An article published in Water Science & Technology describes the development of a web portal to improve community awareness of water quality in urban waterways in New Zealand. The web portal data acquisition system is unique in the use of wireless mesh network technology, direct integration with online modelling and a clear target of public engagement.
An information pamphlet was produced to introduce this portal to the local community and inform them about the negative impacts of diffuse urban runoff on their local waterways. The pamphlet provides an initial source of information on local urban waterways, encouraging visits to the web portal.
The web portal, described by Cochrane and co-authors, includes features such as a real-time waterways monitoring system, a public forum, historical data, interactive maps, contaminant modelling scenarios, mitigation recommendations and a prototype contamination alert system.
The unique, cost-effective monitoring system was developed using a mesh network of radio transmitters linked to turbidity, pH, conductivity, water level, and other sensors. Sensor readings are taken every five minutes and are relayed through the network until data reach a base node connected to an online computer. The data are instantly uploaded to the web portal where it is processed, and displayed on Google-based interactive maps. The public is able to view current and historical data presented as interactive charts for each node and sensor on the map.
The forum enables public participation in addressing concerns related to specific waterways contamination. Interactive users are required to register and obtain approval from the forum manager(s). This mode of information communication is also more digestible by the general public, therefore better engaging them with the importance of urban waterways.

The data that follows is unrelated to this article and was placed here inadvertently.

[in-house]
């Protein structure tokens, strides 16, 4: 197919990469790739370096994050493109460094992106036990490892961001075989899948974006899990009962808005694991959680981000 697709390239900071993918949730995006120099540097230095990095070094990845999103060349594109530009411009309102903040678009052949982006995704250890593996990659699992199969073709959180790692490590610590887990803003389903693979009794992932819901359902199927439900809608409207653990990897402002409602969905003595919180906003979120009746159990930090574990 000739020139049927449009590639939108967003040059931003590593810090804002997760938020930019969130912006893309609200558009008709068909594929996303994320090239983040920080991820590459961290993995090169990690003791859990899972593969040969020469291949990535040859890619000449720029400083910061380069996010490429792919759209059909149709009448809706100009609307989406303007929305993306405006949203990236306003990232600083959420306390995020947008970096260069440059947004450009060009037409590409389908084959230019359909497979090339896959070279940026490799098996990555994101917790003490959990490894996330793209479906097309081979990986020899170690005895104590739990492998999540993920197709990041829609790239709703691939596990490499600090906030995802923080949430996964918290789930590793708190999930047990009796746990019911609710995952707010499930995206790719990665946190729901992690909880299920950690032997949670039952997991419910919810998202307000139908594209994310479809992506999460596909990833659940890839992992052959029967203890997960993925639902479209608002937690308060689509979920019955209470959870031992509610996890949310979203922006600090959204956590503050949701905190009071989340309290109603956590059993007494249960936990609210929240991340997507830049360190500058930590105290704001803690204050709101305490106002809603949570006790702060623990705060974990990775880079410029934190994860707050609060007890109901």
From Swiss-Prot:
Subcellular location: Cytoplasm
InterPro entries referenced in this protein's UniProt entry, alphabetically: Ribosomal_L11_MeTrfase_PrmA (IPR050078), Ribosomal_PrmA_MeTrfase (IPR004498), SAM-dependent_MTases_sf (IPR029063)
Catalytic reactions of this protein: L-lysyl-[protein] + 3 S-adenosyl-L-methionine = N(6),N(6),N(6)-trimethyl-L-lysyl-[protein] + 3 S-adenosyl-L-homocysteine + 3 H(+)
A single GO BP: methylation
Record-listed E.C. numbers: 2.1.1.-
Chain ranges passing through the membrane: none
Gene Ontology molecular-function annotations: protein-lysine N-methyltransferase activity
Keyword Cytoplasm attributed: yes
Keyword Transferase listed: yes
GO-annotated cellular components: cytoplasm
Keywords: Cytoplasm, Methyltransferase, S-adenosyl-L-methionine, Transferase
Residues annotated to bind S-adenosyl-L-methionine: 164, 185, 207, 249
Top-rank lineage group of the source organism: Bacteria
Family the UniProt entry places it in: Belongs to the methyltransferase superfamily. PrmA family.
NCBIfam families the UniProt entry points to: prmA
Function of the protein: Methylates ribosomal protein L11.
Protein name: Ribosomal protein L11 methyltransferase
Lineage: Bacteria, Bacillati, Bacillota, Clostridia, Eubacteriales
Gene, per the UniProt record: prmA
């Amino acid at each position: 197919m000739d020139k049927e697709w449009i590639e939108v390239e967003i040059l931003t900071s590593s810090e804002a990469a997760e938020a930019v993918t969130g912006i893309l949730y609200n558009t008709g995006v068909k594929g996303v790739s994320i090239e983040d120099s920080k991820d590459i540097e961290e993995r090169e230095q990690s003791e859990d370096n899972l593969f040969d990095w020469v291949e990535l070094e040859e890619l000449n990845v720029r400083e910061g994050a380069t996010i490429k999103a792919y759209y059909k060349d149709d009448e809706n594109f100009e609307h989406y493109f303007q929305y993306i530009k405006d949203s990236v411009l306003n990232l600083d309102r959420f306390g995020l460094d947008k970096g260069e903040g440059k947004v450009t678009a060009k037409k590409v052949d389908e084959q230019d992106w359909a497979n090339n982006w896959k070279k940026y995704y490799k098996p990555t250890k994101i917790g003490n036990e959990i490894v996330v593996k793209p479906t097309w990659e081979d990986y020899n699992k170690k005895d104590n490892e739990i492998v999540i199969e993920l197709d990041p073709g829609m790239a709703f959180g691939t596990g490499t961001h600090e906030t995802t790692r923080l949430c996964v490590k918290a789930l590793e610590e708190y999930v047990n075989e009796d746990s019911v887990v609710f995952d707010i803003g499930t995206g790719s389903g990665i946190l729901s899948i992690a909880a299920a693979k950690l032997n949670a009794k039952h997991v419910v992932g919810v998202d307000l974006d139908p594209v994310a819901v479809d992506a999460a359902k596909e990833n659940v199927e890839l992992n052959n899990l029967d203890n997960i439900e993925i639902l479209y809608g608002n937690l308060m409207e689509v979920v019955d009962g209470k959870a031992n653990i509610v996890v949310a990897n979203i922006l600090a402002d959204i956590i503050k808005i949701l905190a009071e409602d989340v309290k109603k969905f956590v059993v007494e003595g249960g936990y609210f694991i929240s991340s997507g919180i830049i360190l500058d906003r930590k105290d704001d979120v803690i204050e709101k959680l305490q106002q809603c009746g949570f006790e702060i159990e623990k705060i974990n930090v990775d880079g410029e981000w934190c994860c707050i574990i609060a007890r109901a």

The modelling aims to show the origin of contaminants within the local catchment and to help the community prioritise mitigation efforts to improve water quality in local waterways. By interfacing near real-time data into a graphical and live format, water managers and other stakeholders can visually yet quantitatively assess the degree of potential contamination and address the situation in a timely manner.
The contamination alert system aims to keep managers and community members better informed and to provide a more timely response opportunity to avert any unplanned or accidental contamination of the waterways.
Preliminary feedback has been positive and is being supported by local and regional authorities. The system was developed in a cost-effective manner providing a community-focused solution for quantifying and mitigating key contaminants in urban catchments and is applicable and transferable to other cities with similar stormwater challenges.
Source: T. A. Cochrane, D. Wicke and A. O'Sullivan. 2011. Developing a public information and engagement portal of urban waterways with real-time monitoring and modeling. Water Science & Technology, IWA Publishing, 63(2), 248-254.